Pressure Cooker Steak Picado

Celebrate Cinco De Mayo With Steak Picado

Steak Picado6

Living in Southern California, there is no shortage of Mexican food, and I have eaten many different dishes going by the moniker “Steak Picado”. Sometimes it is a skillet dish that seems more akin to fajitas or a stir-fry. But I was inspired for this recipe by  “Guisados“, a local place here in the Los Angeles area that was featured on one of the food shows I watch, or “my stories” as I call them. I don’t claim that this recipe is anything like theirs, but merely inspired by their idea of serving homestyle braises, which would simmer on the stove the entire afternoon. But through the magic of the pressure cooker, you can have a tasty, falling apart flank steak in a tangy sauce in about an hour. Perfect over rice, on warm tortillas, or a little of both!

Steak Picado Ingredients

I prefer to use Serrano chiles, which are a little hotter than Jalapeños, but I am led to believe that the Serrano chiles may not be as easy to find in some areas, whereas Jalapeños can be found just about everywhere, so feel free to use the Jalapeños. I leave the seeds in when I chop them, but you can remove the seeds if you prefer a milder flavor.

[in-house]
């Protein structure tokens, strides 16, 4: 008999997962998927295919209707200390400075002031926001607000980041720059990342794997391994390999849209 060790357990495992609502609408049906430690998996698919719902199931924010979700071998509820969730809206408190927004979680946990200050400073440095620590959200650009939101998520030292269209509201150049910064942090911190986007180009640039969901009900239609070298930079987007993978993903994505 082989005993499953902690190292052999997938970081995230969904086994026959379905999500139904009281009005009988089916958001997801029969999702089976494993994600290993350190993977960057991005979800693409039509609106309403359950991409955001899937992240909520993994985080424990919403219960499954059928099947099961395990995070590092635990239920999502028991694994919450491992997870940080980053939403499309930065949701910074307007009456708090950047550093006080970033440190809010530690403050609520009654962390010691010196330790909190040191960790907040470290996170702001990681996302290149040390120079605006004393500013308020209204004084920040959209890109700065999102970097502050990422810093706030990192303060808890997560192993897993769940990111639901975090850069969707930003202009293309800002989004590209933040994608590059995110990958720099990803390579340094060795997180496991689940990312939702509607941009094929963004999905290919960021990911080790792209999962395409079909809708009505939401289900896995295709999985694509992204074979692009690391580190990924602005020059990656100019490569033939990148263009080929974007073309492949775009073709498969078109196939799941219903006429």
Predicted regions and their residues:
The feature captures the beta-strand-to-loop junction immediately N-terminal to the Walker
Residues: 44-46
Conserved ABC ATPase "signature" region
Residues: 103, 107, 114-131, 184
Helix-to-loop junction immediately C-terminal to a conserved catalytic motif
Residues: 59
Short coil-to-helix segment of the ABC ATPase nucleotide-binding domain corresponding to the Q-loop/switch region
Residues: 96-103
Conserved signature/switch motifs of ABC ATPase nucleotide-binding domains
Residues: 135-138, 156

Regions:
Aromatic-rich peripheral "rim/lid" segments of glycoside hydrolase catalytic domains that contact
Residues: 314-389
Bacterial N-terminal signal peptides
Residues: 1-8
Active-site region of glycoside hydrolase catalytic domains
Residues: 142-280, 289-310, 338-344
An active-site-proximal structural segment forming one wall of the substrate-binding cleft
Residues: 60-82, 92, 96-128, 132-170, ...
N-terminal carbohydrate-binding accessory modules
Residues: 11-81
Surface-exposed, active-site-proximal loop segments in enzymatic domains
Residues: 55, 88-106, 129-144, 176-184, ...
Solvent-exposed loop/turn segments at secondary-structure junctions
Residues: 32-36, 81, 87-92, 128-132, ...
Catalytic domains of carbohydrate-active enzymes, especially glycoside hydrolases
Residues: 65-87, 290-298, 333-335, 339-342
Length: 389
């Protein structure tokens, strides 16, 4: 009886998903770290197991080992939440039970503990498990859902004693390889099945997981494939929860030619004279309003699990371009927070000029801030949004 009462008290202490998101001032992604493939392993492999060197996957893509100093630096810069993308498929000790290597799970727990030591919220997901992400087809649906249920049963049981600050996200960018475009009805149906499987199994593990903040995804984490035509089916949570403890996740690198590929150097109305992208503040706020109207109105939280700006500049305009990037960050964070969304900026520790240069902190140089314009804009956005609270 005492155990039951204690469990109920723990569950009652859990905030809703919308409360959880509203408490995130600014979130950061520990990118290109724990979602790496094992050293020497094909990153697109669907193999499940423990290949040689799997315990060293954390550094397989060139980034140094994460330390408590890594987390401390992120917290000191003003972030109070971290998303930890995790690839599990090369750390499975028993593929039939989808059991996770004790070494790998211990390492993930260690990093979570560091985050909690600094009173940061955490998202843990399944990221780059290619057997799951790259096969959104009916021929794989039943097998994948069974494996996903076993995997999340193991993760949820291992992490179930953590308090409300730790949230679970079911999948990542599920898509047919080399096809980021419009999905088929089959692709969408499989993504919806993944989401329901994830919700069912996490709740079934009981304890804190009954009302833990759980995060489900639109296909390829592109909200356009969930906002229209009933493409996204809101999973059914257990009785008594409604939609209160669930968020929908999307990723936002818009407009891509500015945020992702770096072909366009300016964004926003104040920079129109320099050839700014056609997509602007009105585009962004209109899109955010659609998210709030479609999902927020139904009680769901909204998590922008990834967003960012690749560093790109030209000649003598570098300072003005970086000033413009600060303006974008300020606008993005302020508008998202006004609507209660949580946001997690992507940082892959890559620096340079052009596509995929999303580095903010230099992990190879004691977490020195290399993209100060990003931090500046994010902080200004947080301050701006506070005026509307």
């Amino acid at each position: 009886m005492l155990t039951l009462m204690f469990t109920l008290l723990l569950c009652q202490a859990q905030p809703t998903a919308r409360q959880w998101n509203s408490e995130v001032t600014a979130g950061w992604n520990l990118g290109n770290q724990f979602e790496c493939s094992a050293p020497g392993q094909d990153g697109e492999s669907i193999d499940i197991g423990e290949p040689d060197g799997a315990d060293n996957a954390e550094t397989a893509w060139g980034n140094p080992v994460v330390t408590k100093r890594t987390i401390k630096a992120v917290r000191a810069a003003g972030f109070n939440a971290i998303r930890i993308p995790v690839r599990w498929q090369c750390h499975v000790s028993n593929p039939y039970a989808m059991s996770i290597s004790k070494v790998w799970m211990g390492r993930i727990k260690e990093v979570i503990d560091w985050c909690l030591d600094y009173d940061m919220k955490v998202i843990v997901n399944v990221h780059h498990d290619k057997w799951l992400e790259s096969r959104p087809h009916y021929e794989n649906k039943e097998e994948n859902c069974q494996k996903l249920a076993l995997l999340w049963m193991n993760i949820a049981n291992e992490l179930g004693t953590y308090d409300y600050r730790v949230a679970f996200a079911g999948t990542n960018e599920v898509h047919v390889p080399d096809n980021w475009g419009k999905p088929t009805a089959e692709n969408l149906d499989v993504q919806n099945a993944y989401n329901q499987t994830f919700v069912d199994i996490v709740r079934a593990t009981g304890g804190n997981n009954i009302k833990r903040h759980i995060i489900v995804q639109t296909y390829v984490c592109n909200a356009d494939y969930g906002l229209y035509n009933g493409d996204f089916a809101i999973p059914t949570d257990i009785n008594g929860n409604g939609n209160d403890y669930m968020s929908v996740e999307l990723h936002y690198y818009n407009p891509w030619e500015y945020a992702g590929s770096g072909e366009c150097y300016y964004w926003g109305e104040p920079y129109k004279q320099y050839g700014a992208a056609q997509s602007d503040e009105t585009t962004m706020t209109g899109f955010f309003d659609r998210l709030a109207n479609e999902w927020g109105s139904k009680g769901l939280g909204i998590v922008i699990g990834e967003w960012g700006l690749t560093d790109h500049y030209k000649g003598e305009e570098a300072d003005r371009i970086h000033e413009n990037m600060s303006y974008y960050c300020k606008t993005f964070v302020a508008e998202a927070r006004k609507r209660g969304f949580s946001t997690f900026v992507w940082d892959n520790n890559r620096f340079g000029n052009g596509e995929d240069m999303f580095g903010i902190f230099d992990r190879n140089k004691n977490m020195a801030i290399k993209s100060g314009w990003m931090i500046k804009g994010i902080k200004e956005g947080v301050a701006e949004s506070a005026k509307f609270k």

Flank Steak Pan

This recipe is for approximately 2-2.5 pounds of flank steak. The flank steak that I used was unusually large at about 2-1/4 pounds, but you may need to use two smaller ones.

Start out by browning the steak on both sides in a couple tablespoons of oil, then remove it to a plate.

Flank Steak Browning

Sauté some chopped onions, green peppers and the Serrano or Jalapeño chiles until the onions just start to take on a little brown color, then add in the garlic and continue for another minute or so.

Steak Picado Sauteed Veggies

Add in 1 tablespoon of tomato paste, 1 tablespoon of chili powder of your choice (I like to use Penzey’s Chili 9000), 2 teaspoons of cumin and 1 teaspoon oregano.

Stir for a minute or so until the spices become fragrant.

Pour in a can of roasted tomatoes with green chiles (such as Ro-Tel, but I used Trader Joe’s brand).

Steak Picado Sauce

Pour in 1/2 cup beer and 1/2 cup water, then add 1 teaspoon of beef flavored Better Than Bouillon. You can add 1/2 cup beef stock in place of the water and Better Than Bouillon if you prefer.

Top it off with a couple of bay leaves, then put the top on the pressure cooker.

Steak Picado Pre Cook

Bring to high pressure, adjusting heat once high pressure is reached to maintain.

Set time for 40 minutes. I know this may sound like a long time, but it should give you that good, falling apart texture that requires hours of braising without the pressure cooker.

Steak Picado Finished

When time is up, remove the meat to a plate. Put the sauce back on medium-high heat and let it cook down a bit (around 7-8 minutes, until the meat is ready to add back in).

Let the meat rest for five minutes, then cut into approximately 1-inch chunks. Some of the meat will probably fall apart in shreds. That’s fine. This is a rustic recipe, as they say when things don’t quite work out as planned.

Steak Picado Chopped